advisory board), with long-time cable executive Leo Hindery, are starting something
called Journalism Online (a terrible name), which hopes to be an iTunes-like store for, well, journalism.
Here’s a brief recap
of how publishers originally came to give away their store: The early and fierce Internet mantra on the part of the digital elite was about information wanting to be free. Sharing was the Internet’s singular function. So from the get go, traditional publishers found themselves not only competing with free information, but also wanting to be cool digital guys themselves, and, as well, to get as many “hits” as possible—free, therefore, became everybody’s approach. This was okay until publishers figured out they couldn’t make in online advertising what they used to make in old-fashioned advertising and that the Internet was destroying their profitable businesses.
Hence, the big panic.
The proposition now is that there will be “official” content produced by “official” journalists that will be paid for, existing like an island amid the sea of Internet content, which will be free. The idea is that the former is so evidently more valuable than the latter consumers will line up with their credit cards.
This suggests a future world of bootlegged newspaper articles (presuming anybody in the coming years even wants newspaper articles), and, as well, a new competitive divide. Were MSNBC to put up a paid wall, that would be to CNN’s huge benefit. (The New York Times,
presently a free site, makes about three times as much as the Wall Street Journal’s
But the larger issue is about confronting people with real questions of value. What is a New York Times
story worth on the open market? If you have to pay for it, do you begin to evaluate it differently? Is the Times really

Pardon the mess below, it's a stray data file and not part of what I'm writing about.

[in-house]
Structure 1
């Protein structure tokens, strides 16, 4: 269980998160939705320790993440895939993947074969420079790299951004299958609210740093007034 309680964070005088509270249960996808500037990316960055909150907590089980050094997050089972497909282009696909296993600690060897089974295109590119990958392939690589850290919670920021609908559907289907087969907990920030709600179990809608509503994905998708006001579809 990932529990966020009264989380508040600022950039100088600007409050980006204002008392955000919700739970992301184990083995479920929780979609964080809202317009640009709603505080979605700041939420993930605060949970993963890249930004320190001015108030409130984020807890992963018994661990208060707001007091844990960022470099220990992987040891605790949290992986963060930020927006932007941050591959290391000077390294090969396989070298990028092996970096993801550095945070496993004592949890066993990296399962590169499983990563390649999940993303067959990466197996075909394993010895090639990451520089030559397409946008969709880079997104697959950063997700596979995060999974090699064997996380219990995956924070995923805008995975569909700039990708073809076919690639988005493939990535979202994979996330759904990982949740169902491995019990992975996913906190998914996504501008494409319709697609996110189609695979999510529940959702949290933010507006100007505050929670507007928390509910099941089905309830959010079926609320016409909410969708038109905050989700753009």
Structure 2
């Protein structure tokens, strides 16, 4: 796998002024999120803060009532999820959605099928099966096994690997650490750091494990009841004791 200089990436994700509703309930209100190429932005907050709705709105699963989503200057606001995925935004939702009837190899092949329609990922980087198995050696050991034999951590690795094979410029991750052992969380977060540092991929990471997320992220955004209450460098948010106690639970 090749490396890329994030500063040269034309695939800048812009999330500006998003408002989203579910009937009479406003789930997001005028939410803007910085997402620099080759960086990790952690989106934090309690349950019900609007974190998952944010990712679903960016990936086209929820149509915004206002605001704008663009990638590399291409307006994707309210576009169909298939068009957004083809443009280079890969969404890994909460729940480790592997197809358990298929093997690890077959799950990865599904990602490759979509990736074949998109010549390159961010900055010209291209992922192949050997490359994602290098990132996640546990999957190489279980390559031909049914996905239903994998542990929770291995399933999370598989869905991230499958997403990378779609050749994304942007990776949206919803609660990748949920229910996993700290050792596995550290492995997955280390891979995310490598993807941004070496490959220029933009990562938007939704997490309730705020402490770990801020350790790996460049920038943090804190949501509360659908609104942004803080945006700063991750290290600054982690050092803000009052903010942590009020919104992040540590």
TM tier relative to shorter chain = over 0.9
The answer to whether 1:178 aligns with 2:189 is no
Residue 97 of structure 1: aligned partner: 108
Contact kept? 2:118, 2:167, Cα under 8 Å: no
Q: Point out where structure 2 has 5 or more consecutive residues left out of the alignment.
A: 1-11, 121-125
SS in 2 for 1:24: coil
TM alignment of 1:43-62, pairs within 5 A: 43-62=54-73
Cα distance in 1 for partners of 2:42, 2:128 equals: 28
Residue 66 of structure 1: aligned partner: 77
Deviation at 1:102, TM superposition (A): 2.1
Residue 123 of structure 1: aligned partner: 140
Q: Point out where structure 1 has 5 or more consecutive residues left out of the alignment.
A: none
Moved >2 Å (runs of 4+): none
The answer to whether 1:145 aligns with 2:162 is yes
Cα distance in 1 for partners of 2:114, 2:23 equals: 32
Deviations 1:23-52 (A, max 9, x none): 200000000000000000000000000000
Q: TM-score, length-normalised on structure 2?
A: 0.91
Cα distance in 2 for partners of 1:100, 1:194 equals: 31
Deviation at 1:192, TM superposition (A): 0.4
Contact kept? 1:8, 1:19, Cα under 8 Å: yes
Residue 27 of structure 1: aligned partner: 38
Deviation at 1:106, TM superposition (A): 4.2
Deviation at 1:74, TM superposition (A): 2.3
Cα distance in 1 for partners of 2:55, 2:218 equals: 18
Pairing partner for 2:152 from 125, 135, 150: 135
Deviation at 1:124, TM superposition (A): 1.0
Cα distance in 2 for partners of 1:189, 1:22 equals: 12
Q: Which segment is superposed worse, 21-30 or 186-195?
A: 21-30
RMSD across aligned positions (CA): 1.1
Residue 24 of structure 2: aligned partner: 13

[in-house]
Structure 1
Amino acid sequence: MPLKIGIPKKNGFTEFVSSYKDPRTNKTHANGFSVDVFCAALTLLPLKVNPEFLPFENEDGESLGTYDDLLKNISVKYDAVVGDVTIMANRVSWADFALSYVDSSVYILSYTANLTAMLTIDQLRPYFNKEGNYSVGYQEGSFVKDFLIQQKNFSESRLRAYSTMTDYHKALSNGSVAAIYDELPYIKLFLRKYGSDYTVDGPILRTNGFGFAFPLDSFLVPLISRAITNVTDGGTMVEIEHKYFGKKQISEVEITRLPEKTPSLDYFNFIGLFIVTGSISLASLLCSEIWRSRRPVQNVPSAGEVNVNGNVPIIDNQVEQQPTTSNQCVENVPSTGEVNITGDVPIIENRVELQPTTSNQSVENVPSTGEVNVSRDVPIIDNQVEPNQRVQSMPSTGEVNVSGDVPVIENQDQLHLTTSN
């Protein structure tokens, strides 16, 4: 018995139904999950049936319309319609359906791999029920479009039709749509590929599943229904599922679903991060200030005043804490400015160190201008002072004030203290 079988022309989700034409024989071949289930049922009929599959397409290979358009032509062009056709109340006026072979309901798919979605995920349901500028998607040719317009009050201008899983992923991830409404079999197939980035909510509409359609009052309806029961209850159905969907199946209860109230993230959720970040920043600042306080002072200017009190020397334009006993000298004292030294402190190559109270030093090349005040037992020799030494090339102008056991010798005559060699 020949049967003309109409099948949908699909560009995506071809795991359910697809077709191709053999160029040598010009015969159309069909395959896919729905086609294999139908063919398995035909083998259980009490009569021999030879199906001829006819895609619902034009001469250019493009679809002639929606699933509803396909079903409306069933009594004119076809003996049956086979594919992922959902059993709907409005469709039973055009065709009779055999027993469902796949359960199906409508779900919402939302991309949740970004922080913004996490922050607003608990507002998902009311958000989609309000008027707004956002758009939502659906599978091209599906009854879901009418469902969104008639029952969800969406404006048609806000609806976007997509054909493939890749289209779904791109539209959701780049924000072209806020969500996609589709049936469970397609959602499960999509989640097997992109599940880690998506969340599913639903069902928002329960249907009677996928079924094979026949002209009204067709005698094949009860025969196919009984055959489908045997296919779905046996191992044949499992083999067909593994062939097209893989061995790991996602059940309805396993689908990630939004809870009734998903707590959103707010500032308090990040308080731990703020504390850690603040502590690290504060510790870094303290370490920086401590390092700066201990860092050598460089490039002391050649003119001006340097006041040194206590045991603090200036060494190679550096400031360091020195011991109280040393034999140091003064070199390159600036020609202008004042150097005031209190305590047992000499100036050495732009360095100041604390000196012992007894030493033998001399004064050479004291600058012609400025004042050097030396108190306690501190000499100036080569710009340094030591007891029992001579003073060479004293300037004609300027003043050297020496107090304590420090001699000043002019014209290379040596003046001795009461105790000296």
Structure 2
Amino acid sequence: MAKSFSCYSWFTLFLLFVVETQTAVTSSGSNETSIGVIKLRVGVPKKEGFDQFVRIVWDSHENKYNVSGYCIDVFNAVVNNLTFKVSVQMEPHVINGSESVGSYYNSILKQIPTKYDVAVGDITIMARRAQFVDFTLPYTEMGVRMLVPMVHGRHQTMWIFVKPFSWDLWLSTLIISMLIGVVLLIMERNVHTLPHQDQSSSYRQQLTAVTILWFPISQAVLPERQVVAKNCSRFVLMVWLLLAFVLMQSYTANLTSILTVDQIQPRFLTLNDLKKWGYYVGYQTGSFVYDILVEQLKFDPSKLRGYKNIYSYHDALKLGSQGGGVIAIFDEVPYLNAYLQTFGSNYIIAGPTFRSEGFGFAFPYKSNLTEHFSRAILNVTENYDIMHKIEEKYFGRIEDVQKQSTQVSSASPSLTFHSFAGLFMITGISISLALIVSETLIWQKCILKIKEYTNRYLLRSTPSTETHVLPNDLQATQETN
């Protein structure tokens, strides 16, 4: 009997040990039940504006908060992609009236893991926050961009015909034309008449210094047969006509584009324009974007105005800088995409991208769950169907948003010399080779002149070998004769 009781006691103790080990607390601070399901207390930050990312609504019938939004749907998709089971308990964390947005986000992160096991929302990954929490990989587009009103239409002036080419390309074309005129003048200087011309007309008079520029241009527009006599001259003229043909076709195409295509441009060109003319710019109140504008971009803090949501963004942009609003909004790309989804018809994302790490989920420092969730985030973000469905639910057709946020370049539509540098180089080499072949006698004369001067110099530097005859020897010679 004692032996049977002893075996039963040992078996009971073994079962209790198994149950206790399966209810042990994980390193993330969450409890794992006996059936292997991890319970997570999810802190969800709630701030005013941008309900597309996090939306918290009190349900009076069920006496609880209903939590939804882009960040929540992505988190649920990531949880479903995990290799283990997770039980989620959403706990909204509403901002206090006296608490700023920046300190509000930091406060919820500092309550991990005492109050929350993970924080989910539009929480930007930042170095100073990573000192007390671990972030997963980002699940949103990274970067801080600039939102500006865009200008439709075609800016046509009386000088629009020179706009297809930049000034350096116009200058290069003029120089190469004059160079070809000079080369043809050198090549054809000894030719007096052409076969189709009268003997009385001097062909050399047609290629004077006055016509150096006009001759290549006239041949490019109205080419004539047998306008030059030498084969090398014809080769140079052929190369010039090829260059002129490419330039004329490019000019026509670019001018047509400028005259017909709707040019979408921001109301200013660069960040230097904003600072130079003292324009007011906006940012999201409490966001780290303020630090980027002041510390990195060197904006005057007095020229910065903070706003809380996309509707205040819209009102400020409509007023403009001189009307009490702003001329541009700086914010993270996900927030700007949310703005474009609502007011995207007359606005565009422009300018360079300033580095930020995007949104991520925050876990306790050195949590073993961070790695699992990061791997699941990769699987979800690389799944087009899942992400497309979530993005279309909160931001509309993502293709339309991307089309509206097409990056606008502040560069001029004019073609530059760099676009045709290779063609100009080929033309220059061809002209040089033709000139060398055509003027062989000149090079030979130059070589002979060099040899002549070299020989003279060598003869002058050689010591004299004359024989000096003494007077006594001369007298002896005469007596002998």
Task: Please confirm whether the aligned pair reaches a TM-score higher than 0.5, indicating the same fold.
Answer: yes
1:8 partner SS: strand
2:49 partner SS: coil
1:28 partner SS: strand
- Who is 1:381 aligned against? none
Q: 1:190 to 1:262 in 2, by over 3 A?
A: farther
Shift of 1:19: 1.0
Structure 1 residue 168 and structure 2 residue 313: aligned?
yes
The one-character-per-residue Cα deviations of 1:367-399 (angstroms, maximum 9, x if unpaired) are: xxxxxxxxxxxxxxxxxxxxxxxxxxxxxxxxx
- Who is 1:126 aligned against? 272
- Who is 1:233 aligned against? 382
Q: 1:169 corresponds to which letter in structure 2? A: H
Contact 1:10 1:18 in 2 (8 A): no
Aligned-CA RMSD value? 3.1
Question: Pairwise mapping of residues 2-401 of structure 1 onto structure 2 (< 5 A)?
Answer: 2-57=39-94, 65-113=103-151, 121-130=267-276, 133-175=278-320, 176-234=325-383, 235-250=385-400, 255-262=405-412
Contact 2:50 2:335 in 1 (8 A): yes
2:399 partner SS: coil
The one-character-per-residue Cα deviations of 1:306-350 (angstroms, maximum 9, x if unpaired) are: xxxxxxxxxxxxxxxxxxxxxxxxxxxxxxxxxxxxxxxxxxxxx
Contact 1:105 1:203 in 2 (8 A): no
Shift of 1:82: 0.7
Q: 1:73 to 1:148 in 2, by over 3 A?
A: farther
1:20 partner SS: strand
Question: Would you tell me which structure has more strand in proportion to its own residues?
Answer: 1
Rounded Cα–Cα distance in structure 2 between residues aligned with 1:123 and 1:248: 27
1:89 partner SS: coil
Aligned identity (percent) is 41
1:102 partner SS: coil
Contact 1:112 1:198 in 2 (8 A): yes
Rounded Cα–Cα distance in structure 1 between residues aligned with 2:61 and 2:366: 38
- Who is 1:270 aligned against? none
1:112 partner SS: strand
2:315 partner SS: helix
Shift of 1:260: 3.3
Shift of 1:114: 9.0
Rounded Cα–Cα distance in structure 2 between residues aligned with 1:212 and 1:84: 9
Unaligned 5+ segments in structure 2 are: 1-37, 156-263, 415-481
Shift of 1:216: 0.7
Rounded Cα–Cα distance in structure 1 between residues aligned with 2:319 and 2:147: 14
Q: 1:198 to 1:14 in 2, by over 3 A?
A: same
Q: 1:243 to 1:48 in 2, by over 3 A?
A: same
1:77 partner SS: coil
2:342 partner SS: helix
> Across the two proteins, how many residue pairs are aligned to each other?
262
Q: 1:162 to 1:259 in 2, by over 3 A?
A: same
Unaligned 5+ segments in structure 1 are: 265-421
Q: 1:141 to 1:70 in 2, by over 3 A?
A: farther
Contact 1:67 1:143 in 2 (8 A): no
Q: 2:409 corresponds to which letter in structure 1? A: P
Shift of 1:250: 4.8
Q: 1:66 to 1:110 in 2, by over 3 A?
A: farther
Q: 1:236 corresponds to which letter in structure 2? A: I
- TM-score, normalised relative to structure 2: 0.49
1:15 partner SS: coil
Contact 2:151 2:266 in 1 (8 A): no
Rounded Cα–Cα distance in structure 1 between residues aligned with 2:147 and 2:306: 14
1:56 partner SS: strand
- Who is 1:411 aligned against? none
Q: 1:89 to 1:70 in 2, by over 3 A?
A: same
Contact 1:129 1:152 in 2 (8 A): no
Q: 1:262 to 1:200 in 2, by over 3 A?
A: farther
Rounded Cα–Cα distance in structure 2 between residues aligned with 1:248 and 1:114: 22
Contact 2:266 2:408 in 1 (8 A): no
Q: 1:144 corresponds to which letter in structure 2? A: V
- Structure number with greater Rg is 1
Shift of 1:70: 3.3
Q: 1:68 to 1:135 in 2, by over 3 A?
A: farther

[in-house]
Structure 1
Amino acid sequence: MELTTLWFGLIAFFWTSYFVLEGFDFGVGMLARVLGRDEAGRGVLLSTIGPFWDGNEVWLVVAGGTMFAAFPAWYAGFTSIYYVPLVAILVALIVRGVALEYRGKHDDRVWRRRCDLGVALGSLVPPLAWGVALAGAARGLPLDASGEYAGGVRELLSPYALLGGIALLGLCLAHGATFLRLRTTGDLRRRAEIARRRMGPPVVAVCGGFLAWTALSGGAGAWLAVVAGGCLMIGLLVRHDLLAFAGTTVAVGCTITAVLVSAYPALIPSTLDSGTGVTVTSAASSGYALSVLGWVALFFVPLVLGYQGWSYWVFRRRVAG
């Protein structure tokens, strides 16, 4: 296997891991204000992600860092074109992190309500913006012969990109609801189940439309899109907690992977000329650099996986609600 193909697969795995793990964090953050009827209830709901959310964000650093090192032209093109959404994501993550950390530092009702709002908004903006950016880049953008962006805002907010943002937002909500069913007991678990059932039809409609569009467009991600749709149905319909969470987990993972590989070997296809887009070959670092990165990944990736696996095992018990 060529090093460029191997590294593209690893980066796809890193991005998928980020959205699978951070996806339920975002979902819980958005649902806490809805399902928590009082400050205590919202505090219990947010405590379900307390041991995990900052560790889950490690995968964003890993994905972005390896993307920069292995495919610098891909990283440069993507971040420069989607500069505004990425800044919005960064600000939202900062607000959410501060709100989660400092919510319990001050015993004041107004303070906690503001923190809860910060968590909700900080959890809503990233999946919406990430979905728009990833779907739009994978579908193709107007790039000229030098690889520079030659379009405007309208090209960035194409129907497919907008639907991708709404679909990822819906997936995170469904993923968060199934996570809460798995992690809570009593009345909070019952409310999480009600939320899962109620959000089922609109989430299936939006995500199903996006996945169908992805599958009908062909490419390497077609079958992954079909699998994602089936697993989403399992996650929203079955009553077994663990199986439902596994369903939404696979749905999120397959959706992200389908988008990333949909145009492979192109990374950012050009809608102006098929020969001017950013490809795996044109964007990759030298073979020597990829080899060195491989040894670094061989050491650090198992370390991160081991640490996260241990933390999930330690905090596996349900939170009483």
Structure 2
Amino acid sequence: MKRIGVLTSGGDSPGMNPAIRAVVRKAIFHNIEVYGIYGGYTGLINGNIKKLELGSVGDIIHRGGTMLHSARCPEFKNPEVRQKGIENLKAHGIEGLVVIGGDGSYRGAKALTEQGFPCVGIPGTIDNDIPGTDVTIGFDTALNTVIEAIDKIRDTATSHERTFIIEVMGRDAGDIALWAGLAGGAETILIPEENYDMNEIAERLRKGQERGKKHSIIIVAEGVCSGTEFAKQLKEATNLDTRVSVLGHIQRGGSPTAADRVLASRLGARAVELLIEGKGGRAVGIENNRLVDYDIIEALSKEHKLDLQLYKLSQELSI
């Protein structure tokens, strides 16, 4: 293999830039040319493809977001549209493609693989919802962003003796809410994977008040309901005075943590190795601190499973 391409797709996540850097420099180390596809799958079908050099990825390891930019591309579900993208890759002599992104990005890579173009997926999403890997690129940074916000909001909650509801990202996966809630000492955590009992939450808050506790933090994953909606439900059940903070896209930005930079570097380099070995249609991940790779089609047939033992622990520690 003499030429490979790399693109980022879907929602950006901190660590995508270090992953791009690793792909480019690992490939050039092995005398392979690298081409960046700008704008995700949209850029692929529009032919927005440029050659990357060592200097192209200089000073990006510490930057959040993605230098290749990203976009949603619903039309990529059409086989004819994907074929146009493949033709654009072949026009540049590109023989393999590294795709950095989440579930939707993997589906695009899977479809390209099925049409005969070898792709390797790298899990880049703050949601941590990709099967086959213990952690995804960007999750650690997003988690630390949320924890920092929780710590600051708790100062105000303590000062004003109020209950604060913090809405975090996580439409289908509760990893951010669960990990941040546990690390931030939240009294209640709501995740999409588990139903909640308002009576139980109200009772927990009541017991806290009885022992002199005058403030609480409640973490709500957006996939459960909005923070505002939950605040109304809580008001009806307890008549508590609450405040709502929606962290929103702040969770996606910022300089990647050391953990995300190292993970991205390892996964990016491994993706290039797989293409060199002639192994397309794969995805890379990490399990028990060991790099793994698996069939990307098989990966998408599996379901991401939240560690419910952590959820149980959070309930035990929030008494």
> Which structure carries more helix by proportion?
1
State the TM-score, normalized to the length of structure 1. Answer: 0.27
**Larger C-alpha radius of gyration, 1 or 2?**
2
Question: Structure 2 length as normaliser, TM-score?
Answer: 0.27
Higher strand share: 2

that special? If you have to pay for a Times
article, do you then realize it doesn’t do the things you’d expect it to do—sheesh, that you still have to read it? (You want me to pay and then expect me to do the work?) Indeed, aren’t you asking people to pay for the old version of journalism, while the beta version, with lots of new features (including doing the reading for you), is free (even if it crashes sometimes)?
Sure, there’s iTunes, which offers music customers technological ease (peer-to-peer networks still require a level of brain surgery) and freedom from prosecution. Still, iTunes sells a few million songs a month, versus billions of illegal downloads.
In other words, if somebody wants to pay, well, why not? But that’s not going to put your kid through college.
More of Newser founder Michael Wolff's articles and commentary can be found at VanityFair.com, where he writes a regular column. He can be emailed at firstname.lastname@example.org
The old news media believes that all of the stuff it’s been giving away for free for a decade or more it ought now get the reader to shell out for. My friends Steve Brill and Gordon Crovitz (Gordon is on